Marlon James Complicates the Narrative

By Dan O'Donnell
Marlon James. Picture via Nicholas Laughlin/Flickr.

Marlon James. Picture via Nicholas Laughlin/Flickr.

It is a relatively mundane occurrence for ghost stories and accounts of weird and uncanny phenomena to find their way onto the front pages of the Daily Gleaner, Jamaica’s 149-year-old newspaper. Occult phenomena of one form or another seem to be common in Jamaica, and although no one is exactly sure why this is so…the practice of dispassionately reporting these events is accepted as a part of everyday life.

— Timothy White, Catch A Fire: The Life of Bob Marley

“Listen.” It’s the first word uttered by Marlon James’ first narrator. He happens to be dead. And over the course of 700+ pages, he’ll be joined by nearly as many bodies.

Past deaths…future deaths…deaths being planned or being executed… James’ new novel A Brief History of Seven Killings is, in many ways, a ghost story from cover to cover.

Dead Jamaicans pervade the pages, accreting like sediment on top of the book’s seismic center: the attempted assassination in 1976 of reggae superstar Bob Marley.

The language of death and dying even plays a role in how James found his way to his most striking (if sometimes cumbersome) narrative conceit: a Dramatis Personae of more than eighty named characters—many of whom are also narrators.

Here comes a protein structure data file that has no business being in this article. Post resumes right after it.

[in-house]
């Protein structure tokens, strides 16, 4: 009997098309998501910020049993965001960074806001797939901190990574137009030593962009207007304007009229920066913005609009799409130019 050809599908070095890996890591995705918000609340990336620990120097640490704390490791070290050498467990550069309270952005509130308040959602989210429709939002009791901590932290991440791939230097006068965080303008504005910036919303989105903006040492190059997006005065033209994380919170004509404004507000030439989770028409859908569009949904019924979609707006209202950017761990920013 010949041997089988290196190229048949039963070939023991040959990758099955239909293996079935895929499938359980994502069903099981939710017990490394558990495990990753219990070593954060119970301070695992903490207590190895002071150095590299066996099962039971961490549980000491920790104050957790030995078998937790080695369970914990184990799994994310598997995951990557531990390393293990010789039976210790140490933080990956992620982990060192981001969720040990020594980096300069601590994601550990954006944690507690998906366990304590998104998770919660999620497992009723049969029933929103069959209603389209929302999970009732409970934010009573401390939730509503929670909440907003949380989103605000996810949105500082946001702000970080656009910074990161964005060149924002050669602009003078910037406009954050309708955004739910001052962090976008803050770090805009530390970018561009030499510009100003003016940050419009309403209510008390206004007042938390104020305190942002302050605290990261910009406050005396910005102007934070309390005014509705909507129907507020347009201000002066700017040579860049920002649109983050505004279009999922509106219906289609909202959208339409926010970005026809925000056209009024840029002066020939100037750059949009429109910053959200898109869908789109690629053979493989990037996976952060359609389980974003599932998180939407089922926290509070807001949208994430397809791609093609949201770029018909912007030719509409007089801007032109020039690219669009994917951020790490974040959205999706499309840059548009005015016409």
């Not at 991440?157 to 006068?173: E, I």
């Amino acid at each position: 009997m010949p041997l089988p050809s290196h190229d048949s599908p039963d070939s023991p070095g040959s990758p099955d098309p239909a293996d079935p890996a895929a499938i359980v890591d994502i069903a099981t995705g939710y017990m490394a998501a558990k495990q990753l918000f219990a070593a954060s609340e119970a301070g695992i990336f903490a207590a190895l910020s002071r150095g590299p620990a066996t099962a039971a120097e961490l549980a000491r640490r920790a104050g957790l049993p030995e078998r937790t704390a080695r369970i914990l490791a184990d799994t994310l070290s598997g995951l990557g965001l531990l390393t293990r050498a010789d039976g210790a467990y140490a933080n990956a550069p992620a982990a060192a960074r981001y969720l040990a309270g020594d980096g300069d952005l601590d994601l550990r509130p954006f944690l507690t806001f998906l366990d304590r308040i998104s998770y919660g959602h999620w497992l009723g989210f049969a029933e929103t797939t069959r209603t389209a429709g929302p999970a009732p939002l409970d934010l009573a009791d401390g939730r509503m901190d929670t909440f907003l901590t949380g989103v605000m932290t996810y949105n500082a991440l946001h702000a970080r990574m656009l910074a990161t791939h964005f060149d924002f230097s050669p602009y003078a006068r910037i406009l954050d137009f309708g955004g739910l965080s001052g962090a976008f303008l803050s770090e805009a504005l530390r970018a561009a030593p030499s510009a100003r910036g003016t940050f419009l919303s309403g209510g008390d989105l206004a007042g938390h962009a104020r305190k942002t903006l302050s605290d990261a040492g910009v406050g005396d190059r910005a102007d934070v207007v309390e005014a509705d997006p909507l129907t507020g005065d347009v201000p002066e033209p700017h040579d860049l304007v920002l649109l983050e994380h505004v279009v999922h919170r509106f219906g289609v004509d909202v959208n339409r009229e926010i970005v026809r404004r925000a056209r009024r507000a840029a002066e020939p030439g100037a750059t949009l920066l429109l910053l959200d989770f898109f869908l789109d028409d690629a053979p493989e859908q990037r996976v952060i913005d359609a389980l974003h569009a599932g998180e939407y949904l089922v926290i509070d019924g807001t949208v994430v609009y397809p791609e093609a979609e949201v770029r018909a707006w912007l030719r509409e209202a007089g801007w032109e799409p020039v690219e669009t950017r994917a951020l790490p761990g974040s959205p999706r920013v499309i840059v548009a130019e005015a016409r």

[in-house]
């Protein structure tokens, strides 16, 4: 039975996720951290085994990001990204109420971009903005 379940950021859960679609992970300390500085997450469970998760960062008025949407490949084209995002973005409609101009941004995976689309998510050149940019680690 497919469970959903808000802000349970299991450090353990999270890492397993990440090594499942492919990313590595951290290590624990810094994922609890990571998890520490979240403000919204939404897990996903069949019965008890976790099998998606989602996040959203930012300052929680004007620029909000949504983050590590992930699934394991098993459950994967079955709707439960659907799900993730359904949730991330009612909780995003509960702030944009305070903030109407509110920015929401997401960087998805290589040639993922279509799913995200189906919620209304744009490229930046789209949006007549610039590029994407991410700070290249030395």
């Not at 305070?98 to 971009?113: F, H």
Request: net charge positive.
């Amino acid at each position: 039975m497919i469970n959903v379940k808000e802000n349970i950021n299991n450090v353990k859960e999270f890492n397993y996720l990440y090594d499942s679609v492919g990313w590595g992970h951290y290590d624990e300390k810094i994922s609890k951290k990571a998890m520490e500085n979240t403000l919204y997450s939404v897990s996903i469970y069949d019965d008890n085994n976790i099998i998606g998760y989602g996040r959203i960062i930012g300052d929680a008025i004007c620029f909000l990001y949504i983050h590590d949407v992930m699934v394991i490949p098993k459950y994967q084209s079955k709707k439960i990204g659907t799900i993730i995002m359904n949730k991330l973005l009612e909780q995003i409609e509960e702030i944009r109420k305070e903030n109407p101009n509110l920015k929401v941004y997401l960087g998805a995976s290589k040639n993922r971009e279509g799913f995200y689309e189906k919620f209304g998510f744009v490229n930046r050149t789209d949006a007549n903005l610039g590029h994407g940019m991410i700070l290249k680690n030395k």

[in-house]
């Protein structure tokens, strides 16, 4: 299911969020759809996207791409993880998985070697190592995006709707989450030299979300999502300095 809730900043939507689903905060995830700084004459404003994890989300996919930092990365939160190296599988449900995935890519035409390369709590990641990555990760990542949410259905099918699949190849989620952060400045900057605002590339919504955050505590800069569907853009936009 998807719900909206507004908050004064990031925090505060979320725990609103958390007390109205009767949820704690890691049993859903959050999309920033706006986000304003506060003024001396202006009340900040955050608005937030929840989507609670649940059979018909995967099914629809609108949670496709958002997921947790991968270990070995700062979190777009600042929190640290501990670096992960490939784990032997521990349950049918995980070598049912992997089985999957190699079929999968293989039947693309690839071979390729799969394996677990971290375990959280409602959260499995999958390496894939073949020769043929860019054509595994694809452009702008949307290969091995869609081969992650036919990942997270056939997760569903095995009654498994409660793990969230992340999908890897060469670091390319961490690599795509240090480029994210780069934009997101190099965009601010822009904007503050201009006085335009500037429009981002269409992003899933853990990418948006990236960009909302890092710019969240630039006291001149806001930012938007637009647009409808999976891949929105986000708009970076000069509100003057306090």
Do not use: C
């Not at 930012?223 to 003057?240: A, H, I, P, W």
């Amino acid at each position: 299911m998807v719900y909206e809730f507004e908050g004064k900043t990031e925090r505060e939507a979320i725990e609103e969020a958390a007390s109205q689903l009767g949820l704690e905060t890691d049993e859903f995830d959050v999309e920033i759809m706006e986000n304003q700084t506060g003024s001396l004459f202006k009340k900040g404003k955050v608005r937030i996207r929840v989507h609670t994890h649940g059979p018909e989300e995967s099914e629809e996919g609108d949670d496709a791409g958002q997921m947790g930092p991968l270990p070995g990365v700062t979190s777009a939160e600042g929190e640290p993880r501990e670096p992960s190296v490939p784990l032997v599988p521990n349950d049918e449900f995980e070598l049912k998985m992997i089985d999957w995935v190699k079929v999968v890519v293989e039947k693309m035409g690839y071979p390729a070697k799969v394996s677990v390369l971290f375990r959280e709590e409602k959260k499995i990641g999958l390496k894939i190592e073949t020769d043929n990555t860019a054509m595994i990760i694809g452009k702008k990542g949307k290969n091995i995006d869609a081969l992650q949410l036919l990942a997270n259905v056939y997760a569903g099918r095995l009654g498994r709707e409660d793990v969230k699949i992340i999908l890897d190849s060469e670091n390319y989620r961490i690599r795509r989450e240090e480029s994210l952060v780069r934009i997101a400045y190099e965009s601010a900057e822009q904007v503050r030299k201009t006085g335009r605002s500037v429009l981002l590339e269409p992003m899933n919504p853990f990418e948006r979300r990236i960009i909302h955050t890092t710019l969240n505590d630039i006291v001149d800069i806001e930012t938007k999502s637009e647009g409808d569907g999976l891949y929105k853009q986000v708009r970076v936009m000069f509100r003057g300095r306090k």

“I kept running into these dead ends,” James says. “Because I kept thinking it was one person’s story. And it wasn’t until somebody pointed out to me that maybe this is not one person’s story—maybe this is like Faulkner’s As I Lay Dying.”

Marley himself is very nearly a ghost; referred to only as “The Singer,” he is less a character and more a spectral presence for most of the book’s first half. The author says he had to reduce Marley lest the legendary musician simply overwhelm the book’s workaday characters, who are guns-for-hire, politicos, CIA agents, cartel operators, and middle-class Kingstonians.

The book begins in 1970s Kingston, where two competing political parties have enlisted dons from rival slums, and vicious reprisal violence marks daily life for residents of the projects. The eye of the storm is forever the house at 56 Hope Road, the residence of “The Singer,” but even he becomes embroiled when an ostensibly partisan-free peace concert is co-opted by the sitting government as a P.R. stunt, just days before an election.

After an attempt on Marley’s life, the camera pulls focus and the horizons bolt outward, as James imagines the worlds of his would-be assassins as they become the puppets (and puppet-masters) of the 1980s crack explosion in New York and Miami.

“I started to explore the afterlives; I grew up in Jamaica and I had no idea that some of these people would go on to play such a major role in 1980s drug gangs and violence,” says James.

As another of James’ recurring narrators, Nina Burgess, says, “The problem with a book is that you never know what it’s planning to do to you until you’re too far into it.”

James is a professor of creative writing at Macalester College in St. Paul, Minn. His previous book, The Book of Night Women, won the 2010 Dayton Literary Peace Prize, and was a finalist for the 2010 National Book Critics Circle Award in fiction. That book also explored Jamaican identity, culture, and race; James was born in Kingston in 1970 and lived there (and occasionally in New York City) until 2007.